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Hip-Hop Heavyweights Come out to Honor Jon Platt.

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Thursday night (October 11) at the City Of Hope gala in Los Angeles – Warner/Chappell boss Jon Platt was honored with the prestigious Spirit Of Life award.

Luminaries like Dr. Dre, Jay Z, Derek Fisher, Tiffany Haddish, Quincy Jones, Wiz Khalifa, Rita Ora, Bebe Rexha, Kelly Rowland, Timbaland, Justin Tranter, and Usher were in attendance.

Platt’s star-studded celebration, which kicked off with performances by Mary Mary and Trombone Shorty & Orleans Avenue, culminated with the City Of Hope’s first-ever after-party, deejayed by Jermaine Dupri.

Sources are saying that approximately $6.5m was raised for City Of Hope, a cancer-fighting research and medical facility of which Platt said “they don’t know the meaning of the word impossible… it’s more than a hospital, it’s a family”.

“This man is a CEO and Chairman,” said Jay-Z of Platt, who first signed him back in 1997. “He’s worked his way there. We all know the story: a Denver DJ with the Jheri curls. [Now] he’s the highest-ranking black executive in any global [music] company. He’s the Obama of the music industry.”

Jay-Z’s comment about “where he goes, I go” left a room partly populated by Warner/Chappell execs gasping as well as clapping.

But, in the end, the widespread deference and affection in the building for Platt proved to be the biggest takeaway.

Beyoncé summed it up, telling her long-time publisher: “Most people in this industry lead with their ego. You lead with your heart.”

In-between Jay-Z’s address and Beyoncé’s performance came Platt’s own speech.

Carter called Platt “a selfless human being and passionate person” before teasingly inviting his friend on stage as “the artist formerly known as Big Jon”.

Platt didn’t waste any time in telling his friend exactly what he thought of him.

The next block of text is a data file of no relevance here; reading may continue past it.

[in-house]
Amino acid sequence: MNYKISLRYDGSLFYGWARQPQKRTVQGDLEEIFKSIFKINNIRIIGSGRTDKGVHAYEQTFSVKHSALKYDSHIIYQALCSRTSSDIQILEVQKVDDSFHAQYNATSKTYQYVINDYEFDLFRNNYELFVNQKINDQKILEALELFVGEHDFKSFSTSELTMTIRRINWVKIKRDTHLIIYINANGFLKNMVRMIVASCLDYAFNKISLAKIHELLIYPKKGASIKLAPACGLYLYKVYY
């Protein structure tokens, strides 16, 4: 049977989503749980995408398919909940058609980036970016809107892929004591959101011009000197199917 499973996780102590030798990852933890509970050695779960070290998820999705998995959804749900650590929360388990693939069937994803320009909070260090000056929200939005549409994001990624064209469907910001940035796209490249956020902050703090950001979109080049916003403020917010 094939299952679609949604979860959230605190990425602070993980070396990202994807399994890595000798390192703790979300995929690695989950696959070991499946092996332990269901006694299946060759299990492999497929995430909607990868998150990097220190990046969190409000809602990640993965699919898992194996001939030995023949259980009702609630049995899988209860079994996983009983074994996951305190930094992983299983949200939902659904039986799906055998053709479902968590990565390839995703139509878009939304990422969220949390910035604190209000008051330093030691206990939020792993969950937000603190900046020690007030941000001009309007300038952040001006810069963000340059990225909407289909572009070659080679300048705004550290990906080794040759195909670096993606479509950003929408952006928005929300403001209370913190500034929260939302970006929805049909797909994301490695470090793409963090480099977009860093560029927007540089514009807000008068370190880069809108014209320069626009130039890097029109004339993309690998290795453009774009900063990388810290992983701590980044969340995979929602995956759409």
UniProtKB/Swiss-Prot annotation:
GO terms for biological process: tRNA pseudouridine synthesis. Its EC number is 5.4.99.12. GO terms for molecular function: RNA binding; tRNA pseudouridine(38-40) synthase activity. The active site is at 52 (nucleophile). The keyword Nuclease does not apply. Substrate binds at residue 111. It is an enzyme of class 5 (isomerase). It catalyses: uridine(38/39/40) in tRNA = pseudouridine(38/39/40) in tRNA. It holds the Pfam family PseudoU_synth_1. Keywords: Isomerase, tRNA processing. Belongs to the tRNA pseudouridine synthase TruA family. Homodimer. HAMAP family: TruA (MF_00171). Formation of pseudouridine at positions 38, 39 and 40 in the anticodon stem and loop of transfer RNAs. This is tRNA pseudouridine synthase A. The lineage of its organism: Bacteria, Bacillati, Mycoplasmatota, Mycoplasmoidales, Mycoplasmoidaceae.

“To Jay: for more than 20 years, your genius, your friendship, and your loyalty has helped define me in this industry,” said Platt.

“From the bottom of my heart, I know for a fact that I wouldn’t be on this stage tonight if you hadn’t come into my life. Thank you for everything.”

There were largely three themes to Platt’s address on his big night: (i) The work of City Of Hope; (ii) Those friends, colleagues and family members who’d helped him get into the position he’s now in – which will see him become CEO and Chairman of Sony/ATV early next year; and (iii) Diversity and inclusion in the music business – not merely for the sake of diversity and inclusion, but for the betterment of the industry and the people in it.

“I began to think about how I could use this opportunity to share the spotlight with so many other people… with the culture that has supported and nurtured me,” said Platt. “I’d also be able to shine a light on a generation of executives I’ve grown up with in this industry, who are more than ready and willing to contribute to something bigger than ourselves.”

He added: “It was very important to me, if I was going to do this, that we had to do it my way; meaning, I’m not going to be the only brother in this room – I’m bringing all my friends with me. And it was important to me it was black tie, because I wanted you to to see us at our best.

“Take a look around this room, completely sold out! I want you to remember what happens when you make a point to not exclude anybody – and actually include everybody.”

He later commented: “As an African-American CEO, I proudly embrace the responsibility to lend a helping hand to people of color who are coming up in this industry, as well as to represent my friends and colleagues who are already doing good in this game.”

He specifically name-checked the likes of Roc Nation’s Jay Brown, Motown’s Ethiopia Habtemariam, Apple’s Larry Jackson, Universal’s Jeff Harleston, Epic’s Sylvia Rhone, RCA’s Mark Pitts plus Quality Control’s Coach K and Pee.

“We’re much more than just athletes and entertainers,” said Platt.

“At a time in our country when so much is broken, it’s important that we focus on those who are doing great in the world; people who devote their lives to fixing what ills us, people saving lives,” said Platt of City Of Hope.

Durpri was amongst those music business figures highlighted by Platt for having played a key role in his career to date. These names also included Chuck D, Steve Prudholme, Jody Gerson, Roger Faxon, Steve Cooper, Len Blavatnik and Martin Bandier.

“Thank you for giving me the greatest gift you can ever give anybody: the opportunity to fail,” said Platt to his mentors and employers. “I made mistakes in my career, but each of those mistakes was valuable.”
Source: MBW


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